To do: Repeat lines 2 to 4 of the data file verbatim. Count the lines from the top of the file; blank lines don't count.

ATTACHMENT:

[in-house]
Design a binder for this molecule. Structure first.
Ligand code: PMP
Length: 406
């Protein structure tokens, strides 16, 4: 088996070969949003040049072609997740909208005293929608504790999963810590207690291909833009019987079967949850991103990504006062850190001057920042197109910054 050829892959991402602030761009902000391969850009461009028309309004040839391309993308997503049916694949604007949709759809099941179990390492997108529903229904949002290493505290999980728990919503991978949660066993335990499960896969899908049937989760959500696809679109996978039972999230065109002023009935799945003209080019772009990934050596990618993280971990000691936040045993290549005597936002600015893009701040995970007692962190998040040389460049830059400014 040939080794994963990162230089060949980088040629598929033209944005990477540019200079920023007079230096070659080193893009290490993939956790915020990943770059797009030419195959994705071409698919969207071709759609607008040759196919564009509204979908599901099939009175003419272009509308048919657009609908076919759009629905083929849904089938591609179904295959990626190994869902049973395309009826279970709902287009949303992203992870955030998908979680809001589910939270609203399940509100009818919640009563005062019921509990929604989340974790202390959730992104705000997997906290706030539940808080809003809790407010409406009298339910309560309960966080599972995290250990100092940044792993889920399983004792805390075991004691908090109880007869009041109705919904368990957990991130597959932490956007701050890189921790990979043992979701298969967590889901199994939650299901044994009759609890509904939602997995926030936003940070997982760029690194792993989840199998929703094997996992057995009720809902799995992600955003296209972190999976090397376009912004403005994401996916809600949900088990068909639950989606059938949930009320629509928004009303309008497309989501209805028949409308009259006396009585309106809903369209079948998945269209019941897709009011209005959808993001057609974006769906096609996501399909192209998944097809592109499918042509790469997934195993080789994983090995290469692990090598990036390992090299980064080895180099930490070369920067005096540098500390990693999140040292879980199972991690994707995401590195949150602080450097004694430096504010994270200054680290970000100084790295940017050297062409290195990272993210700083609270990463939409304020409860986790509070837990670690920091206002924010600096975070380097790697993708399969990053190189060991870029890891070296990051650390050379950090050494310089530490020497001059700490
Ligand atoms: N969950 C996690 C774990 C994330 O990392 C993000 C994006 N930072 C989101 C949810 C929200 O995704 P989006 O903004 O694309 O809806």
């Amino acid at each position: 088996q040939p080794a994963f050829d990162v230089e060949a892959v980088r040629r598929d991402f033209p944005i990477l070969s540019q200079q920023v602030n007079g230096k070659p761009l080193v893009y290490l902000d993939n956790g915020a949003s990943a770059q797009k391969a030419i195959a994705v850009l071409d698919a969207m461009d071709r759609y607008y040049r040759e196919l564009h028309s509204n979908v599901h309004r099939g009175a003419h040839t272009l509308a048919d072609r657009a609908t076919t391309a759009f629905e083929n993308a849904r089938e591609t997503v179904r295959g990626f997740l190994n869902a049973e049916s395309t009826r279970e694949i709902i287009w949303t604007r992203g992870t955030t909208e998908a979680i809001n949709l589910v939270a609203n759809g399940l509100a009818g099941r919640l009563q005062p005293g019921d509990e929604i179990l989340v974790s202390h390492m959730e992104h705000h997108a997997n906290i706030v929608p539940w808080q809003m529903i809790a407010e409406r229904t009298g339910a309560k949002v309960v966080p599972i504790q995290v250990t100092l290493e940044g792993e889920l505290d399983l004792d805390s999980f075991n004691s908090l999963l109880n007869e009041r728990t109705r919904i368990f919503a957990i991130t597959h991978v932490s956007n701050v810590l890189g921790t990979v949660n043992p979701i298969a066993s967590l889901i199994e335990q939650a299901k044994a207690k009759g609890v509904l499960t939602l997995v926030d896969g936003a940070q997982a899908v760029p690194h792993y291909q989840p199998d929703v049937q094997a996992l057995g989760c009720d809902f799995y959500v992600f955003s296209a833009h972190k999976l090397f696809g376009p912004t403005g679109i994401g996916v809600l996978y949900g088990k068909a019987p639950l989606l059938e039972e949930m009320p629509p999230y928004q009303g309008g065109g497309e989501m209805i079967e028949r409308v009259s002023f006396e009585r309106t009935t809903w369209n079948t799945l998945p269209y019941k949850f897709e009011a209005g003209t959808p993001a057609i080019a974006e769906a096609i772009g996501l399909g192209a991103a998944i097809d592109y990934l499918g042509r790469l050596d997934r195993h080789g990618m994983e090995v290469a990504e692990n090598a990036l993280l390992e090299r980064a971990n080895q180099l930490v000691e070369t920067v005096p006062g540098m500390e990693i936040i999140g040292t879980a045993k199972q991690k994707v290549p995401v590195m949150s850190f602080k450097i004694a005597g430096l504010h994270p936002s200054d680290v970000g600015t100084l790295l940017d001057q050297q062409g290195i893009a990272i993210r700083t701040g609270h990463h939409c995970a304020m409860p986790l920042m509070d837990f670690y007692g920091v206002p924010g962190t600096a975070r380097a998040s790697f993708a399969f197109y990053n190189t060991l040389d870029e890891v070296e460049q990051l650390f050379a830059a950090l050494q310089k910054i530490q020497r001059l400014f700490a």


Design a binder for this molecule. Structure first.
Ligand code: PMP
Length: 406